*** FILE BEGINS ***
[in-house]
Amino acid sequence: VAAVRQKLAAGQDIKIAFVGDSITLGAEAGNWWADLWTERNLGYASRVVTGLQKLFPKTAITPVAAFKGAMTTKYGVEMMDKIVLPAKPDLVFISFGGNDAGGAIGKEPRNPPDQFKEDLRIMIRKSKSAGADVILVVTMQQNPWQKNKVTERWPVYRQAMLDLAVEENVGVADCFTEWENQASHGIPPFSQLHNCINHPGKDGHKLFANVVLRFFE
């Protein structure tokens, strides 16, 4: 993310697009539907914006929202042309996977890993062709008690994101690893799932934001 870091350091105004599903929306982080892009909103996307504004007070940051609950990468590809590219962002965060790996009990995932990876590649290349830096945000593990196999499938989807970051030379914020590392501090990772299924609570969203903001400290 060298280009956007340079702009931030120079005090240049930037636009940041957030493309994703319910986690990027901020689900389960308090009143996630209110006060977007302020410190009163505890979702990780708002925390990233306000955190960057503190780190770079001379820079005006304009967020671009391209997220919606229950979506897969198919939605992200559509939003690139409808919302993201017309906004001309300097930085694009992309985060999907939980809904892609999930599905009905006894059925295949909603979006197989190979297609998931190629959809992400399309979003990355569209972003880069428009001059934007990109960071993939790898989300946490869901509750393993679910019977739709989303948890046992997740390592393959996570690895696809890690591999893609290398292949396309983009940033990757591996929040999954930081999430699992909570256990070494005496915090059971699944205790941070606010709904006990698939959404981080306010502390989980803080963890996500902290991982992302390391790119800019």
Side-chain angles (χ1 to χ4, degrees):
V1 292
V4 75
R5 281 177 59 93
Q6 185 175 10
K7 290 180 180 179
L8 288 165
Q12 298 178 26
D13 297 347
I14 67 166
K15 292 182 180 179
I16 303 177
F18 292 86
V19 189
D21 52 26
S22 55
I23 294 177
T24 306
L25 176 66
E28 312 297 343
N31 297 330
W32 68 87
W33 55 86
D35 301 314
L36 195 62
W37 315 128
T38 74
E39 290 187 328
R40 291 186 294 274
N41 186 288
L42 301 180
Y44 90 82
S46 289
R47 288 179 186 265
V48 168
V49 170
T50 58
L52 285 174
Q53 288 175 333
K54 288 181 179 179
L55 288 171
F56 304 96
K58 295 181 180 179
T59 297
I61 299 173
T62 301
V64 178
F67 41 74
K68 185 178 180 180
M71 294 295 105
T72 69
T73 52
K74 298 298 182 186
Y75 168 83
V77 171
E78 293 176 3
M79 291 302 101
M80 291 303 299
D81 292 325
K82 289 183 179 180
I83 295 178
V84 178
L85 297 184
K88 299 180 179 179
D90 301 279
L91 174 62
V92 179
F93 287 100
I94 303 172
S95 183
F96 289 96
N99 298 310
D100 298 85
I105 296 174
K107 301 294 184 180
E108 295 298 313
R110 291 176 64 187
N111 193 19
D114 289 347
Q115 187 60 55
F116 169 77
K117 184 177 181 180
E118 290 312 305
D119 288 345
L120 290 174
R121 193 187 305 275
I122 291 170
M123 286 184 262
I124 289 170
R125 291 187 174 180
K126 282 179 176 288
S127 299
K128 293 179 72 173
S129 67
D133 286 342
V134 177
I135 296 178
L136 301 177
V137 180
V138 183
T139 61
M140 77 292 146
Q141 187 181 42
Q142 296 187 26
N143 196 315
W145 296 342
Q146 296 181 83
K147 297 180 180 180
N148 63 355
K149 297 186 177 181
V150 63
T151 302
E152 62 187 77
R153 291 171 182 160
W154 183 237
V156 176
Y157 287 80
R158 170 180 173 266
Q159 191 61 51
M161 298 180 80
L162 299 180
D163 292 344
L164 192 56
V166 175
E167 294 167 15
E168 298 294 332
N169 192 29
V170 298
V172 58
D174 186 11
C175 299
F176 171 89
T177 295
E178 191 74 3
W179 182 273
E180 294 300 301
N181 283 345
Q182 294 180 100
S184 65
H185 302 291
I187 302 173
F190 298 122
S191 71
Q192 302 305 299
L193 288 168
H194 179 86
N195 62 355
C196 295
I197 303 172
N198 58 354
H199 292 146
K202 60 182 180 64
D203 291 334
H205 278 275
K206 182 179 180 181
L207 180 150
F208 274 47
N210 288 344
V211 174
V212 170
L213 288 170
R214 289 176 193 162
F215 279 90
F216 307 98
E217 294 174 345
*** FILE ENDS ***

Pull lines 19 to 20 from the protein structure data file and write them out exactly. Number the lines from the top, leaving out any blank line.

S22 55
I23 294 177